Jim McElwain prepared his team in August for this turbulent week, he just didn’t know it then.
After checking into the team hotel at the start of fall camp, Florida was forced to move the younger players to a different hotel and send the older players back to their own places due to a “little mishap.”
“I love creating chaos,” McElwain said of the ordeal during fall camp. “For that reason, that’s just another piece of that chaos. In a game nothing goes perfect, but you always have to focus on the detail of getting better. Those are just little teachable moments along the way.”
The first-year Gators coach is hoping that tactic helps the team navigate through the off-field distractions surrounding the program. But the opponent and the location tied to this week’s game don’t help matters, as No. 8 Florida (6-0, 4-0 SEC) travels to take on No. 6 LSU (5-0, 3-0 SEC) on Saturday (7 p.m., ESPN) in Death Valley.
The wild week began Monday with the news that Gators starting quarterback Will Grier will miss the rest of the season and part of the 2016 season due to a year-long suspension for a violation of the NCAA’s policy for performance-enhancing drugs.
“It’s something that sort of just comes out of nowhere,” Gators tight end Jake McGee said of his reaction to the Grier news. “You don’t have much time to dwell on it.”
It continued Wednesday with the arrest of Florida defensive back and special teams contributor Deiondre Porter. The redshirt freshman was suspended indefinitely after being charged with four felonies and a misdemeanor in an aggravated assault case. He’s accused of firing a handgun in the direction of his pregnant girlfriend.
Halfway through the regular season, Florida has had seven players suspended since the opener – safety Marcus Maye, defensive end Alex McCalister, wide receiver Latroy Pittman, quarterback Treon Harris, cornerback Jalen Tabor, Grier and Porter.
“What we try to do in our program in general is try to create as much unknown and chaos,” McElwain said of the method he uses to help his players overcome distractions. “The key is that you have to focus on the detail of the task at hand and don’t let any of the periphery get to you.”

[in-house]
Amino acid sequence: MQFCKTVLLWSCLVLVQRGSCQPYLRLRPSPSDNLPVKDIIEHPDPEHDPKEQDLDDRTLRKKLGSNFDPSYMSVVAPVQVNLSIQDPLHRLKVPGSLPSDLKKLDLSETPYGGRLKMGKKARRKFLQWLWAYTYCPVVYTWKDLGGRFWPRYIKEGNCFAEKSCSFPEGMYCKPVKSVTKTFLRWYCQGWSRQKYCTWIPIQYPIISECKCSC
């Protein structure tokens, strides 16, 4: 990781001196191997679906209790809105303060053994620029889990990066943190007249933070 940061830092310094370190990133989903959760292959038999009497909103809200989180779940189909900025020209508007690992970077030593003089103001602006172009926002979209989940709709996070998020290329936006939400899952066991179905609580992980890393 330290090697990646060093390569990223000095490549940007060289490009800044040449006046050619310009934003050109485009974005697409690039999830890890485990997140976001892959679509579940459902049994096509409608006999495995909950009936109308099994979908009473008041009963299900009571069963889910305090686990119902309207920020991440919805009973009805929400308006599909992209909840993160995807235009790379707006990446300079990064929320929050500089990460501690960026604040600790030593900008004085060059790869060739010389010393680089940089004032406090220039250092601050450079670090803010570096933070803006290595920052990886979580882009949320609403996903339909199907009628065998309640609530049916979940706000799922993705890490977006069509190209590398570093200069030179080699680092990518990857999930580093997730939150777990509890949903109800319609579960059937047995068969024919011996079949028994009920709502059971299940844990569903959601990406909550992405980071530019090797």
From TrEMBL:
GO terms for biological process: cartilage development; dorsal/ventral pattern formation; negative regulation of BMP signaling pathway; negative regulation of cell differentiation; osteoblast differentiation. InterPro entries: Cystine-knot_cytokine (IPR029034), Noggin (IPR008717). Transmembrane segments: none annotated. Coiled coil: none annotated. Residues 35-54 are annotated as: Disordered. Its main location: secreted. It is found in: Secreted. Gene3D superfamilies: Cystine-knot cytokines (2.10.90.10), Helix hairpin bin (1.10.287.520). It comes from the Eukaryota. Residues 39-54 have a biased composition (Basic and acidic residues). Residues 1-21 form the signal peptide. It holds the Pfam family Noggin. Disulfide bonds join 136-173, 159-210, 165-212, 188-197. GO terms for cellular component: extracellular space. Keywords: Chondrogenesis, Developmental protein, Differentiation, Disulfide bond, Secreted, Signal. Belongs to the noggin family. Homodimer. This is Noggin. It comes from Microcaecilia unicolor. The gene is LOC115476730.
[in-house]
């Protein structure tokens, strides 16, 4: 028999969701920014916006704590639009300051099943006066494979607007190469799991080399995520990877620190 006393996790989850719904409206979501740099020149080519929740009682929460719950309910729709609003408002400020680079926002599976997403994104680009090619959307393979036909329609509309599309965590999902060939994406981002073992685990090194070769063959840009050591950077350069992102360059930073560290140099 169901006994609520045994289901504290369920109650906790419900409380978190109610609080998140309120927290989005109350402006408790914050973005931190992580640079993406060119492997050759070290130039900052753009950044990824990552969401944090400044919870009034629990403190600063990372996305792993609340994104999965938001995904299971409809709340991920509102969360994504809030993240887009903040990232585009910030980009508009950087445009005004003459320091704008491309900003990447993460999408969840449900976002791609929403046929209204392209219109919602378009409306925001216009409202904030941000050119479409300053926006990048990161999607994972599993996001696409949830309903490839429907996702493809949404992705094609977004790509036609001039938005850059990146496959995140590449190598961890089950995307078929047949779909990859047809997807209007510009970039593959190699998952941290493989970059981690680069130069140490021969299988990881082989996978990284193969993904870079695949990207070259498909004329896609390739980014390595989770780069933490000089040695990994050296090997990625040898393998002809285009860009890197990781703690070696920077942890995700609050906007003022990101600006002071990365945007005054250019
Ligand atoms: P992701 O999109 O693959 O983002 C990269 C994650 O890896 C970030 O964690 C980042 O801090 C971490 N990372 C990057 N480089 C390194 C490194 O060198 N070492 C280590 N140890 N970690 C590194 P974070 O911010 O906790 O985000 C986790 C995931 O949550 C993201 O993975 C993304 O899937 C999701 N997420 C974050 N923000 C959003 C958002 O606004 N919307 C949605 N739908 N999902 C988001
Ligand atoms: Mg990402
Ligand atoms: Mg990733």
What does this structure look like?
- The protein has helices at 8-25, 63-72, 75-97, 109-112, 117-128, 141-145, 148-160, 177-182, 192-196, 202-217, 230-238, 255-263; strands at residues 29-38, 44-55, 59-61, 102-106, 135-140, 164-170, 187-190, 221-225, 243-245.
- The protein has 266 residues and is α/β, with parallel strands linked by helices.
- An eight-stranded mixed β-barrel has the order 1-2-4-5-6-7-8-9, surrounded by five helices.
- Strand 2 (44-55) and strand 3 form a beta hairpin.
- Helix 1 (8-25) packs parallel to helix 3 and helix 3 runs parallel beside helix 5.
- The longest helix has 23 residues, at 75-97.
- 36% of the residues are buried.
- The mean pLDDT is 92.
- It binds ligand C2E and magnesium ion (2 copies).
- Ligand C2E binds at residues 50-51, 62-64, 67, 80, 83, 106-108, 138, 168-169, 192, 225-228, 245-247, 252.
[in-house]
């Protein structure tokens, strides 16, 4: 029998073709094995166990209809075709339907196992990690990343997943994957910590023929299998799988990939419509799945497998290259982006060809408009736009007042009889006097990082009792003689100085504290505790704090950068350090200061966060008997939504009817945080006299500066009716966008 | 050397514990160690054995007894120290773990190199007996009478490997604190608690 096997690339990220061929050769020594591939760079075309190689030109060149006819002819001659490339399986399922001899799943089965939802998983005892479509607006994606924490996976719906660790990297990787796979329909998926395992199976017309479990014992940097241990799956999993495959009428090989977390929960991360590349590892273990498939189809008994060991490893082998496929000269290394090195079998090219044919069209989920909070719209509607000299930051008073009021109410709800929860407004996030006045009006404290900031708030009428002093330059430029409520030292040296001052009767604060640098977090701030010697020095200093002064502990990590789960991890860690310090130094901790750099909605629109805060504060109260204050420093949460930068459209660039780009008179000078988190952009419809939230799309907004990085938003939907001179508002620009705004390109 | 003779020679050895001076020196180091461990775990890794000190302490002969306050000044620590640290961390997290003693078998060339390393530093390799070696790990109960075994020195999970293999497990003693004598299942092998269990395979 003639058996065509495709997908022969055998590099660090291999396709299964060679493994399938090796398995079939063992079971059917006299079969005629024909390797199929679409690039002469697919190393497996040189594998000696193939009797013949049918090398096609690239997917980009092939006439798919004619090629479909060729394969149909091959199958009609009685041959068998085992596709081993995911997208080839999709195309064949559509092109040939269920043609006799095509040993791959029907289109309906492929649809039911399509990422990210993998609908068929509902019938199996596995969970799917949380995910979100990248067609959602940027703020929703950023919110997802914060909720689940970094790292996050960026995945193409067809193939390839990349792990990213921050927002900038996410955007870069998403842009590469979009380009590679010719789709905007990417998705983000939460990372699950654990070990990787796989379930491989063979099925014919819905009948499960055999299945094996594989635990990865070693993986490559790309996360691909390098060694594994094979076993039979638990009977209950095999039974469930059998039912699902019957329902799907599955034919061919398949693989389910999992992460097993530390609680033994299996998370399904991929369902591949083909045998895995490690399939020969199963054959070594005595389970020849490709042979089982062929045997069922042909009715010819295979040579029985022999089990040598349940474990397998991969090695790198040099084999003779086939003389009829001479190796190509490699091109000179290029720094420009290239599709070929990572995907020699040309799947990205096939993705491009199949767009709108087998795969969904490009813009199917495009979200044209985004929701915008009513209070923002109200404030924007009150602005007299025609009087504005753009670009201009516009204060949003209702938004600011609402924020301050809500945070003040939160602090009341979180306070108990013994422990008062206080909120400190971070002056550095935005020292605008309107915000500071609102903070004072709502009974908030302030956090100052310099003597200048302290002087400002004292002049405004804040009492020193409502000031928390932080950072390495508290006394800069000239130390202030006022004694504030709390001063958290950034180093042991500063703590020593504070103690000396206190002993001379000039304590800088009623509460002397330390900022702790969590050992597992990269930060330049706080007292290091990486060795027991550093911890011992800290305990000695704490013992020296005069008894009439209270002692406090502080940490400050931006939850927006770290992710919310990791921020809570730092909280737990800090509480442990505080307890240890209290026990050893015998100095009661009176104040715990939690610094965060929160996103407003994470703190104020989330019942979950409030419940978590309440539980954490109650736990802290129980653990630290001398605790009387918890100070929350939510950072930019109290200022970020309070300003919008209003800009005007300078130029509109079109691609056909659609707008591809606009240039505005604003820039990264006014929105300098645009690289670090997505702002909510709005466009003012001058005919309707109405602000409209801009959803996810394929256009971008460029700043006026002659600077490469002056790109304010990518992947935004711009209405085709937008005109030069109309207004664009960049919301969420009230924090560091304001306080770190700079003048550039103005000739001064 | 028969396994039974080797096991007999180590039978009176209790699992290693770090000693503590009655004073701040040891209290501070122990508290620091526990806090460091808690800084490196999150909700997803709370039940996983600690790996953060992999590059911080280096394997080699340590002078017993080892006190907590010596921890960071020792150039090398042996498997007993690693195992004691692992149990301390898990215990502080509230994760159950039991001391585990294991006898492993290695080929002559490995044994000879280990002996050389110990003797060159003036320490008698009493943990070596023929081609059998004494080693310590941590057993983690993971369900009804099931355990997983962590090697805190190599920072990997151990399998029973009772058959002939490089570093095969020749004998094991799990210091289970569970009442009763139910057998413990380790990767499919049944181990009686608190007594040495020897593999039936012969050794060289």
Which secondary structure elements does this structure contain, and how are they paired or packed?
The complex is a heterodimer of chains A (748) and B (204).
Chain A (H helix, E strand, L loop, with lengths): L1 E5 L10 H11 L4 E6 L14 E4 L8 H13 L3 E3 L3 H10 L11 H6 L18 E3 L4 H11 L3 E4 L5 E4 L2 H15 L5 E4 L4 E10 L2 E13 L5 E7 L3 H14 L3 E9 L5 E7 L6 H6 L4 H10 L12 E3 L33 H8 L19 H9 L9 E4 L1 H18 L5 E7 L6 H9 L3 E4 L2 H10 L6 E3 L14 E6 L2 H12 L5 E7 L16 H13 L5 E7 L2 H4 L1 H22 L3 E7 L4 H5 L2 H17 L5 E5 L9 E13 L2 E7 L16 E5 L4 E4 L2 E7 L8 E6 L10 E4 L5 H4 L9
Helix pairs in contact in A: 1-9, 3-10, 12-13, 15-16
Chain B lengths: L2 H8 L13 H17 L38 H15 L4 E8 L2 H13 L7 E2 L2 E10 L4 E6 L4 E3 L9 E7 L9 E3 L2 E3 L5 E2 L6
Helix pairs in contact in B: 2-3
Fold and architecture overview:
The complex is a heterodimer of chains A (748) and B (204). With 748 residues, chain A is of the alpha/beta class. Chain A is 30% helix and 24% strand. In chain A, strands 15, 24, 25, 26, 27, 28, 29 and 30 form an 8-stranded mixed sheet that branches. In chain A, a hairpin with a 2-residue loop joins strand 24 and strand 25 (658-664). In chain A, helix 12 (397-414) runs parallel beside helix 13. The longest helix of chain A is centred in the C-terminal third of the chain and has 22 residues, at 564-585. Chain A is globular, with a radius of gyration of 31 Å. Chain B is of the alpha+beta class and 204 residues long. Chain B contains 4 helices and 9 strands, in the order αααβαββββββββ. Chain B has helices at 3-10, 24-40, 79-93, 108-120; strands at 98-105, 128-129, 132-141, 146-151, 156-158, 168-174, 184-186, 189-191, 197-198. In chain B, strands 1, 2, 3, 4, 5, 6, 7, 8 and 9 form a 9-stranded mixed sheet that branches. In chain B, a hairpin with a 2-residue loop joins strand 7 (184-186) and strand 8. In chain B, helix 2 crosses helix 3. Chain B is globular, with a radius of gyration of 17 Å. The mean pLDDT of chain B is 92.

It’s easier said than done, though, especially when it involves a starting quarterback.
The Gators will now have to rely on Harris to lead the offense. It helps that the sophomore has experience as the starter, recording a 5-2 record in seven career starts.
Harris threw for 1,019 yards and nine touchdowns, and ran for 338 yards and three touchdowns as a freshman last season. In his only start this season, the dual-threat quarterback threw for 215 yards and two touchdowns against New Mexico State in the opener before Grier won the job.
“We already know what (Treon) can do,” Gators linebacker Jarrad Davis said. “Last year we saw him and I was kind of surprised that he wasn’t starting this year. At the same time, coach makes those decisions. He picked the right guy and now it’s time for Treon to step up, take that spot back, charge on, and take us to the next checkpoint.”
“Next guy up” is the slogan McElwain has used repeatedly to address injuries and suspensions this season. But even McElwain admitted that he has never been through a week like this during his coaching career.
As 7-point underdogs, the Gators will try to overcome all of that against the unbeaten Tigers in one of the most intimidating environments in sports.
“I’m not sure anyone was prepared for any of it,” McElwain said of the past week. “But at the same time, that’s all part of creating chaos. Let’s talk about chaos and distractions, playing in Tiger Stadium in a night game, there’s a lot of it going on. So, I think the important thing is to eliminate the clutter, take care of yourself, do your job and let’s go focus and have a good time doing it.”